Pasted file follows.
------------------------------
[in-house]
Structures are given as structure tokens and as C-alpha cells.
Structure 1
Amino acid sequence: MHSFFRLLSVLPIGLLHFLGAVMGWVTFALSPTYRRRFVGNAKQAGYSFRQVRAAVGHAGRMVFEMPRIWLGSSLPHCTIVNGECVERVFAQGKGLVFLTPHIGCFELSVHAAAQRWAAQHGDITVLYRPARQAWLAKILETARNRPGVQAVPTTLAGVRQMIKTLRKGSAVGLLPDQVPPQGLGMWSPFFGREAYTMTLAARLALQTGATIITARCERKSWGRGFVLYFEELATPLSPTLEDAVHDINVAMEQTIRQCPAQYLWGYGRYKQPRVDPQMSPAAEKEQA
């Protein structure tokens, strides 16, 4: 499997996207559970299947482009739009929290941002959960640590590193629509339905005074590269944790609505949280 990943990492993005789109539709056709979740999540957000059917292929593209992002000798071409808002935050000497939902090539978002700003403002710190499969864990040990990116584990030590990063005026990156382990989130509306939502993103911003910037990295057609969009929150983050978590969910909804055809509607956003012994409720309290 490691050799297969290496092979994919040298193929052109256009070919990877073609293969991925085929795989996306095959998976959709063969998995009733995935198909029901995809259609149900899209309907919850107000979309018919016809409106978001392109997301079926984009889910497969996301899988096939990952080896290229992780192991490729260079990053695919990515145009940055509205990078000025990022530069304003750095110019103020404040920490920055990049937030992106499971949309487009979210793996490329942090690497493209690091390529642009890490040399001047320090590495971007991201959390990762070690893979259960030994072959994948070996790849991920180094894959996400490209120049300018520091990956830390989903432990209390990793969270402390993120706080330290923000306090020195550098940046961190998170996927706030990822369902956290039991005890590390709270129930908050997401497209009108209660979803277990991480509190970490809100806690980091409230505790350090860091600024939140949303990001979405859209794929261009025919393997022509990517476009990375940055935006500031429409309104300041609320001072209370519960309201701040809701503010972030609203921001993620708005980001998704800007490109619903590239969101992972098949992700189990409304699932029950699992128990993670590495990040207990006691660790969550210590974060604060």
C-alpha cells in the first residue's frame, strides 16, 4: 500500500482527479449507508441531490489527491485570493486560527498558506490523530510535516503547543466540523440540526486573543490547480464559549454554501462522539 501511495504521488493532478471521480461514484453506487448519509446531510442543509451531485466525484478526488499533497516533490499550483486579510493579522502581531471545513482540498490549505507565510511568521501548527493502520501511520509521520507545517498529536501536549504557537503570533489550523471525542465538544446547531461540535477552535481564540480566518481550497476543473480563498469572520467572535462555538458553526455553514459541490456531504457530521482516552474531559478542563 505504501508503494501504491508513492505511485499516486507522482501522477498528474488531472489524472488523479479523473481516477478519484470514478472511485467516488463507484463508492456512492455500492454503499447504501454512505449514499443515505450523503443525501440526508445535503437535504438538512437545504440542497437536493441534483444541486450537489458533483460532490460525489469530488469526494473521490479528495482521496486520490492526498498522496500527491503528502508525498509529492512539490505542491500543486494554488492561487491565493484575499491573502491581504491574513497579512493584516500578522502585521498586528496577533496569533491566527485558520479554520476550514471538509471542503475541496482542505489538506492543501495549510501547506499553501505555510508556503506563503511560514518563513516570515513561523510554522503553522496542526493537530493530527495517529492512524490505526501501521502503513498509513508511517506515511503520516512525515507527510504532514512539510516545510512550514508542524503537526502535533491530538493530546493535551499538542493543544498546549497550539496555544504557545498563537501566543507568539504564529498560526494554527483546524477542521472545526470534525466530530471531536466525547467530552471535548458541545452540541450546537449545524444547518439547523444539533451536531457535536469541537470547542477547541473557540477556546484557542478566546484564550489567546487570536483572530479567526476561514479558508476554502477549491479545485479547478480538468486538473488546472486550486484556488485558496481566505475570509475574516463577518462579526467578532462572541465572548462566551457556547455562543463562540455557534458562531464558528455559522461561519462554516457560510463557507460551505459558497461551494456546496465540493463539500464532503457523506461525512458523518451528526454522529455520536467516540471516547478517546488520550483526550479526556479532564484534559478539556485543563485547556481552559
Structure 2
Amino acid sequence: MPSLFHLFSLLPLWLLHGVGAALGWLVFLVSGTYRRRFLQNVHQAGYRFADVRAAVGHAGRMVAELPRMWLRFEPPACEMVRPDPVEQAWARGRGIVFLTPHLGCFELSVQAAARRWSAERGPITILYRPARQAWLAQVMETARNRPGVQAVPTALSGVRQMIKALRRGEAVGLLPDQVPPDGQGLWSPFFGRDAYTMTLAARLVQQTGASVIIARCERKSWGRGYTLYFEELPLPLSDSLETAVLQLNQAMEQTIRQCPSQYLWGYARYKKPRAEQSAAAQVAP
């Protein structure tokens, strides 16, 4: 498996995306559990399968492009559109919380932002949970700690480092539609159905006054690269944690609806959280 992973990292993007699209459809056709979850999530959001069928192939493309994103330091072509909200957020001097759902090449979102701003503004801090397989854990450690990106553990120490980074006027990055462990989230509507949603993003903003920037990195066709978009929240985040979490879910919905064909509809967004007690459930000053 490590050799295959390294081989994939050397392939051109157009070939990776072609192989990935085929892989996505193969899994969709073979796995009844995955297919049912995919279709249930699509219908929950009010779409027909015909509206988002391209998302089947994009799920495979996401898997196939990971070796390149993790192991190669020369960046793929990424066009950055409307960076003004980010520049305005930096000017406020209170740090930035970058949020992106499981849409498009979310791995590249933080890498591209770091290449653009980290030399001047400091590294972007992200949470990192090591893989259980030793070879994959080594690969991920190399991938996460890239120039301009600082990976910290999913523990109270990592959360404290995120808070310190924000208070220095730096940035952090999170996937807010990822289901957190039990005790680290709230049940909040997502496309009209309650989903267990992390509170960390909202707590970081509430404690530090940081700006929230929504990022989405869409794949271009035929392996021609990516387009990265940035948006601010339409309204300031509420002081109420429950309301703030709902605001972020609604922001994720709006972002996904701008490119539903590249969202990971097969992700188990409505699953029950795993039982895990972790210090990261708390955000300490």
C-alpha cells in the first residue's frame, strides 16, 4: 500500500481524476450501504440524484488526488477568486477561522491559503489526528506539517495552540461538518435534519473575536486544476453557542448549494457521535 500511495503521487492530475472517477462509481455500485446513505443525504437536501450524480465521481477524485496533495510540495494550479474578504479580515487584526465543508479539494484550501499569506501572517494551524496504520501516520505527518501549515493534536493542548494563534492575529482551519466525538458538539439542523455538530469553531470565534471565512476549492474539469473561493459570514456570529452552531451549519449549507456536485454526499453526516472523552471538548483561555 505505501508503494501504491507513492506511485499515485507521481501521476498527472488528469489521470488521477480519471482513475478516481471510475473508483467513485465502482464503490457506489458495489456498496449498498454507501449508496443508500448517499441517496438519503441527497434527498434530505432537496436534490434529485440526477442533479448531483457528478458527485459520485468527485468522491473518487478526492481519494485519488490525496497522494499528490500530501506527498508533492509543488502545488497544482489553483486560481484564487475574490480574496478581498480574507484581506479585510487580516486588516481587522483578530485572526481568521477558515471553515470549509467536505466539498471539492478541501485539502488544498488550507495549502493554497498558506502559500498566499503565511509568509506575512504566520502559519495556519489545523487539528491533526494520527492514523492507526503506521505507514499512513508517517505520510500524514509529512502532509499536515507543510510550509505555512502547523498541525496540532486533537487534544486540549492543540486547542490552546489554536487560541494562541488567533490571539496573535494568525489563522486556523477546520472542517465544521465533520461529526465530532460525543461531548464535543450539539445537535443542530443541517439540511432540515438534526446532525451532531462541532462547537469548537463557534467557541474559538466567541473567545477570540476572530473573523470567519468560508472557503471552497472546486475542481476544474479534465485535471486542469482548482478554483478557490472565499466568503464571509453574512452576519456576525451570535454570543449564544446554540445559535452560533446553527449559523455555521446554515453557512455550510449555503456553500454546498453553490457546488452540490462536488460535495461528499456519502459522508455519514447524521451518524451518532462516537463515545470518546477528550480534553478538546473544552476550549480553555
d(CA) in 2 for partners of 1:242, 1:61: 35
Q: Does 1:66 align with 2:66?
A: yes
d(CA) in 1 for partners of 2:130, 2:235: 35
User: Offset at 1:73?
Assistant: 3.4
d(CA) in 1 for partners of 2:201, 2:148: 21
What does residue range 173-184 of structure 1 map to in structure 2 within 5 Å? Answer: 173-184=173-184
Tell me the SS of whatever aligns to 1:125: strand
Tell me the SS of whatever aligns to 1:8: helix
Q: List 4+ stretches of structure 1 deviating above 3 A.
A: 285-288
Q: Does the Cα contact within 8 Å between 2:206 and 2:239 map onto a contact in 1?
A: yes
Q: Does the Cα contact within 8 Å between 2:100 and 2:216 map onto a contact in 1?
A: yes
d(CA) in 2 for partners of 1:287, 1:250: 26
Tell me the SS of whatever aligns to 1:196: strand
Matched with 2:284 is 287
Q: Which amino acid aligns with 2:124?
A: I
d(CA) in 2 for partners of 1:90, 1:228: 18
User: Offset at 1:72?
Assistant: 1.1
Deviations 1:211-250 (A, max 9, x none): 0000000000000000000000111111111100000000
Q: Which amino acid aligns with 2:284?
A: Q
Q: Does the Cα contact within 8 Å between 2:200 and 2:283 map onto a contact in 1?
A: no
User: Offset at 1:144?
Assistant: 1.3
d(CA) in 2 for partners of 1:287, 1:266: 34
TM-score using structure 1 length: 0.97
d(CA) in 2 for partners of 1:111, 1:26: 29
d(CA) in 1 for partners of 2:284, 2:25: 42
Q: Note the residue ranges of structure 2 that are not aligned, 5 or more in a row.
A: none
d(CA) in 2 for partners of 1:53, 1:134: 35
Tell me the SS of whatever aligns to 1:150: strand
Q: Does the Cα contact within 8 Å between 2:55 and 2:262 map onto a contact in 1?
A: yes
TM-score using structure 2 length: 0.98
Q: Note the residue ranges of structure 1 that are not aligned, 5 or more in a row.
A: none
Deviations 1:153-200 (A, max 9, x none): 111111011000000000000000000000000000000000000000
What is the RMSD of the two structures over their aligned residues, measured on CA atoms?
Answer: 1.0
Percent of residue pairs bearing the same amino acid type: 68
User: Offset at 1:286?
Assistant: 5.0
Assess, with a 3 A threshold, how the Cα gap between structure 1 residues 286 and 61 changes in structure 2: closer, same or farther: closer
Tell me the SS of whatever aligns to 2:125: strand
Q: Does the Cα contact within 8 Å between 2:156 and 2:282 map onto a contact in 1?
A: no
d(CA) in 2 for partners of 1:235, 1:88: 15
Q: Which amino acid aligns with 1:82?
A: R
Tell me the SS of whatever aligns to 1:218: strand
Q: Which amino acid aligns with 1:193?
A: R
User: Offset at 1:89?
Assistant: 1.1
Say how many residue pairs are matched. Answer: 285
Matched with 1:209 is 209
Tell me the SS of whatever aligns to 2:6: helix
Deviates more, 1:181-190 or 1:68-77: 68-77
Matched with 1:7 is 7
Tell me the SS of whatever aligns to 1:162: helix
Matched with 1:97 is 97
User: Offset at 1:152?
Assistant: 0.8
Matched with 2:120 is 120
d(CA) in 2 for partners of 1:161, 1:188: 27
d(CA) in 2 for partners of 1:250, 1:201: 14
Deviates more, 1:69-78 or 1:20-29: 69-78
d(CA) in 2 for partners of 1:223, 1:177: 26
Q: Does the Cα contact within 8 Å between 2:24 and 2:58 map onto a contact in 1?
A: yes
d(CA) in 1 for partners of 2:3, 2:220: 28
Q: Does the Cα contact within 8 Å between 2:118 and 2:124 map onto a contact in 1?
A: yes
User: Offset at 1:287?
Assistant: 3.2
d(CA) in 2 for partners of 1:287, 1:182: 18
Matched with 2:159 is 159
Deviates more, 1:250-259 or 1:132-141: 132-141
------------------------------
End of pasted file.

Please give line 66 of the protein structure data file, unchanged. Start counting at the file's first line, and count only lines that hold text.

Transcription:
Q: Which amino acid aligns with 1:82?